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SANS ISC: Business Risks and Cyber Attacks - SANS Internet Storm Center SANS ISC InfoSec Forums


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Business Risks and Cyber Attacks

According to LLoyd's (An insurance market company) latest survey, it ranks Cyber Risk as the number three overall risks amongst 500 senior business leaders it surveyed. "It appears that businesses across the world have encountered a partial reality check about the degree of cyber risk. Their sense of preparedness to deal with the level of risk, however, still appears remarkably complacent."[1]

Last year, several well know companies experienced significant breaches such as Yahoo, Verison, Twitter, Google where thousands of users were required to change their passwords. Some of the changes implemented since then include two-factor authentication by Google and Apple to name a few.

Do you think that business executives are more aware now of the reality of cyber attacks?

[1] http://www.lloyds.com/news-and-insight/risk-insight/lloyds-risk-index/top-five-risks
[2] https://isc.sans.edu/diary/Twitter+Confirms+Compromise+of+Approximately+250%2C000+Users/15064
[3] https://isc.sans.edu/diary/Verizon+Data+Breach+report+has+been+released/15665
[4] https://isc.sans.edu/diary/Apple+ID+Two-step+Verification+Now+Available+in+some+Countries/15463

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Guy Bruneau IPSS Inc. gbruneau at isc dot sans dot edu

Guy

424 Posts
ISC Handler
I can only answer so far as my current $DAYJOB goes. In that case, I'd say that the execs are becoming more aware of the risks and becoming more security-conscious. But I think it's only partly because of recent, splashy compromises. We've also started doing more monitoring of network traffic (internal traffic between major offices and VPN clients and traffic between "inside" and "outside" networks) with tools like snort and a few commercial appliances we've been trying out. I suspect that at least part of the increased security awareness is from these monitoring efforts showing compromises that all of the anti-virus tools, firewalls, etc weren't able to prevent (you know - the "you can't patch stupid" problem we all face to some degree - grin).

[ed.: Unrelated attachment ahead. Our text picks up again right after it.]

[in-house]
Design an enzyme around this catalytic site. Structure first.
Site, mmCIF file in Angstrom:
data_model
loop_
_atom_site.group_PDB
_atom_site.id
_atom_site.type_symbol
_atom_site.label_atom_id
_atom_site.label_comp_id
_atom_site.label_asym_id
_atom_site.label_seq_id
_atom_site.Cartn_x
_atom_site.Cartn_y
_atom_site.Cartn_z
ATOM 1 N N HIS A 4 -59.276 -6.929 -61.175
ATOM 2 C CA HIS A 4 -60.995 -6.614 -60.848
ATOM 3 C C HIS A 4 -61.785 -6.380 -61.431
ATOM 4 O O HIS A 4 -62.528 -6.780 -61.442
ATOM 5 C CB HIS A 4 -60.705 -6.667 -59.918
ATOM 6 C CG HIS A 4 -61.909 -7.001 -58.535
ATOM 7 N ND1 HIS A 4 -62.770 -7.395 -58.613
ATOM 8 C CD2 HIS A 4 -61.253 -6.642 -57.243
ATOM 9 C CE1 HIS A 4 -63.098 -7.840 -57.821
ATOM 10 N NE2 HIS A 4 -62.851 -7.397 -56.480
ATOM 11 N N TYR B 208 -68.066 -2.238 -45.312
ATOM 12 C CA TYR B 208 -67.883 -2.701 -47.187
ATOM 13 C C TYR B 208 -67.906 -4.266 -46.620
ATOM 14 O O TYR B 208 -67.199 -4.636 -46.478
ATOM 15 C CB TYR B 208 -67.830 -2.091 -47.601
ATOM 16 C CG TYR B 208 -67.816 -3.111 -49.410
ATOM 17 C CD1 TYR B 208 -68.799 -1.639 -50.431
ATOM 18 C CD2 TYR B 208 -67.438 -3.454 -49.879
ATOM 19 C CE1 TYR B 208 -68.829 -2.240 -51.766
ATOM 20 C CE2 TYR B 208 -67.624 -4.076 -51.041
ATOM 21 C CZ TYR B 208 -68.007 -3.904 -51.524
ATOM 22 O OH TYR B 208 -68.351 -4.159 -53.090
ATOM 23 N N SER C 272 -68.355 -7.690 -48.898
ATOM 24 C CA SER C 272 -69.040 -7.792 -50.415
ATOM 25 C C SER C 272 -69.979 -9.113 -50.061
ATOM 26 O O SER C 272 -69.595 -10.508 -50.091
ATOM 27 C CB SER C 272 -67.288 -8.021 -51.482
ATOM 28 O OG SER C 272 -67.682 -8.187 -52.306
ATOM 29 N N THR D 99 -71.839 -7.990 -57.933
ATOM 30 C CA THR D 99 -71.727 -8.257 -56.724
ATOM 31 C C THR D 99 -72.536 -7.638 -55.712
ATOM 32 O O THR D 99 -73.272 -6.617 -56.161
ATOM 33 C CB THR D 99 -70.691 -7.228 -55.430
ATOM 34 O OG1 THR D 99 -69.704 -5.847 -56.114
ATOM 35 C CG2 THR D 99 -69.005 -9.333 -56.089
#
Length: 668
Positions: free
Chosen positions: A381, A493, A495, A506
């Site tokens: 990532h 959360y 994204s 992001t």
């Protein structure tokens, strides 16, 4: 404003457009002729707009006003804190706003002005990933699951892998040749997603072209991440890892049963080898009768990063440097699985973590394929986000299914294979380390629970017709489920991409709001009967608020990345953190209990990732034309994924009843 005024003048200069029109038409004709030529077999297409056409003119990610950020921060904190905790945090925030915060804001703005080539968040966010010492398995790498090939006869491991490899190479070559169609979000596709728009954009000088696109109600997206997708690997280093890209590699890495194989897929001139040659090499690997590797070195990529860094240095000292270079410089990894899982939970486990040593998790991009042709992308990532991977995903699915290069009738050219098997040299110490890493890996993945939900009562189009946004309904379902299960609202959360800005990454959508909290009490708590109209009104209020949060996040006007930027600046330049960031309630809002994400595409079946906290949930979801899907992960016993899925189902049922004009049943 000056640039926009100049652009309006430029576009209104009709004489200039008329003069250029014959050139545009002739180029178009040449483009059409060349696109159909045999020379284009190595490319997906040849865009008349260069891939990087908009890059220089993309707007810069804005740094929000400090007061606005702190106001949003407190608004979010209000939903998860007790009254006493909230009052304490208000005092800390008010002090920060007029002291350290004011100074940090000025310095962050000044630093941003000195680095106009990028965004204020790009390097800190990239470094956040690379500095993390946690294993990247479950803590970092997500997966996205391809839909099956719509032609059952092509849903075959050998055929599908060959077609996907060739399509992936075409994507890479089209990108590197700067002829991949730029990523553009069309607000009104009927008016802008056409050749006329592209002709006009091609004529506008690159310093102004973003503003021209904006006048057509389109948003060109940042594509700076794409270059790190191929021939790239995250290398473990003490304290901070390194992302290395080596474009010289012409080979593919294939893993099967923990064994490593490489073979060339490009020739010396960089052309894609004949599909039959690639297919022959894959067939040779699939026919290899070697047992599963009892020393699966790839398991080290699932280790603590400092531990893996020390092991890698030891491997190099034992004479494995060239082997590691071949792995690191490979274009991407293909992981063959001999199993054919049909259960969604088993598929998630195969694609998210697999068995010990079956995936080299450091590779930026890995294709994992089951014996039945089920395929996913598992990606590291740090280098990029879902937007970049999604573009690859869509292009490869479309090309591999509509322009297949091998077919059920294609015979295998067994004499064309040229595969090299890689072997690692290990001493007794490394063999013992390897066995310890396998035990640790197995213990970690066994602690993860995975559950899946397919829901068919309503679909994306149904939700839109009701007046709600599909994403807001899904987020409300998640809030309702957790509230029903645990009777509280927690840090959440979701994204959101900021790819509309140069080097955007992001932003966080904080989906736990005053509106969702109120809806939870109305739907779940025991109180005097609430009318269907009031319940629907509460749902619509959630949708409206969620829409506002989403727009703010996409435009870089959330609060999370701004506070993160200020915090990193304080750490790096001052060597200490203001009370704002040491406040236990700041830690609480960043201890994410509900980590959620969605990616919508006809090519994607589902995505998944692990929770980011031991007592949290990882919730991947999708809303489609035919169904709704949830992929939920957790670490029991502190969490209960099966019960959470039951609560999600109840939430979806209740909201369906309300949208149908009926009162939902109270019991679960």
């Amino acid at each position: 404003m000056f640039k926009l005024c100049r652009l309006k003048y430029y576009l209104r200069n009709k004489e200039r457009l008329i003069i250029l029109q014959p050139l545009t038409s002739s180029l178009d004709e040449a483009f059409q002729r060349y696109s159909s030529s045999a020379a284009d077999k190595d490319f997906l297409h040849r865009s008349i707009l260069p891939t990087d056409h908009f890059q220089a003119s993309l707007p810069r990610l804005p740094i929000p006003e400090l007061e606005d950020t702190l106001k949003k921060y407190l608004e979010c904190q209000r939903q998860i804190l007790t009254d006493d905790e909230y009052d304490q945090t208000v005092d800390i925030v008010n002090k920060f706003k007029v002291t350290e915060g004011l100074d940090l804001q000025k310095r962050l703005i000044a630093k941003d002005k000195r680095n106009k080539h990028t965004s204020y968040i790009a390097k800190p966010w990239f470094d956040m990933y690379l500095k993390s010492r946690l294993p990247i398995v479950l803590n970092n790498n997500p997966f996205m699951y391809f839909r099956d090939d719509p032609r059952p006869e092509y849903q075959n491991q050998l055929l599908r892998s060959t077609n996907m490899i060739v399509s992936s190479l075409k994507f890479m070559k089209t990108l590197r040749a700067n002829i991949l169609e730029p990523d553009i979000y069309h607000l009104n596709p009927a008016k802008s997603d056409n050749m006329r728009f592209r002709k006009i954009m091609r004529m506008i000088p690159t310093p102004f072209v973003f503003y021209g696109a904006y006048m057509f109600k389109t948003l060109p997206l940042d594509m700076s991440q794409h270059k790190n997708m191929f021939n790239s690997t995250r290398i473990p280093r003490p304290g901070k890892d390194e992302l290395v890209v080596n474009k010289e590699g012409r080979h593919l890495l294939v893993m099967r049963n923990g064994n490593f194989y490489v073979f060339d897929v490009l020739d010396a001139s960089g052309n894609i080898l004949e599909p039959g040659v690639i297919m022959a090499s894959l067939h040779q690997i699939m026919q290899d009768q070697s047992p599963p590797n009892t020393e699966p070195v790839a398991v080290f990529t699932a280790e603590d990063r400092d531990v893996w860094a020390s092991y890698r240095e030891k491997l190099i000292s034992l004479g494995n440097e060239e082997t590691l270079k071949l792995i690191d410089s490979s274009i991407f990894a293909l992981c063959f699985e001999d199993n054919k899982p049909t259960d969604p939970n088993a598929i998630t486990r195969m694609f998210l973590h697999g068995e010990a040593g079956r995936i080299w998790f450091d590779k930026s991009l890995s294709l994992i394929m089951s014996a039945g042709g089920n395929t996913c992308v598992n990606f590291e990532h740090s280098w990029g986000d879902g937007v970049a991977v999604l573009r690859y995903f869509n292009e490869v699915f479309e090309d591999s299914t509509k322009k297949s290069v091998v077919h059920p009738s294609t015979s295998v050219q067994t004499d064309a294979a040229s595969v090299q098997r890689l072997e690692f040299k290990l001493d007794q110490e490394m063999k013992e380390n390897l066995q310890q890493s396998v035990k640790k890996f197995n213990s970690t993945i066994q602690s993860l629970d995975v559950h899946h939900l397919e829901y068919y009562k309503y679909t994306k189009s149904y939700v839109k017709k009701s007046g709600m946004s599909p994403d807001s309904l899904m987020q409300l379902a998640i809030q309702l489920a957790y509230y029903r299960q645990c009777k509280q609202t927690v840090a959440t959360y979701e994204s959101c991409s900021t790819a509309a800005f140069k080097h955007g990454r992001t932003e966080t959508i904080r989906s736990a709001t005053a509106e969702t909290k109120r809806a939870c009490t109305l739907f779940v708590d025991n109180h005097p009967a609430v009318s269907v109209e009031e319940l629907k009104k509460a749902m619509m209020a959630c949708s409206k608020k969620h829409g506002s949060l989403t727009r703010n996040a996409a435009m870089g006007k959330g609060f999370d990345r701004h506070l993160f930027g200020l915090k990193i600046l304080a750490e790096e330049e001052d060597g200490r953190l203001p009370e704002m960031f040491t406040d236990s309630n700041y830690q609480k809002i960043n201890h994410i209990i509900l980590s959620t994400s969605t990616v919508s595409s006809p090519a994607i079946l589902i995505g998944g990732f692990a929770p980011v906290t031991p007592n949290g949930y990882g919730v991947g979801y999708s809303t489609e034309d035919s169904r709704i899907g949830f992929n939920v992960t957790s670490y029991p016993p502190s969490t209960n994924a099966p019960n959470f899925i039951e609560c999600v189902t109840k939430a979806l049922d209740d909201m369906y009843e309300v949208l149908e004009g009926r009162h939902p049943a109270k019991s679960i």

In my past experience, splashy compromises sometimes make it easier to get budget to buy some appliance to "check the security box" in the minds of the execs, but getting budget for someone to spend time managing the appliance and/or auditing what it finds and/or getting support from the execs on changing corporate policies because of what's being found is harder.

Anyway, it's nice to be working at a place where management is asking "what can we do to be more secure" rather than things like "Isn't my running <whatever_antivirus> enough?" :-)
Guy
103 Posts Posts

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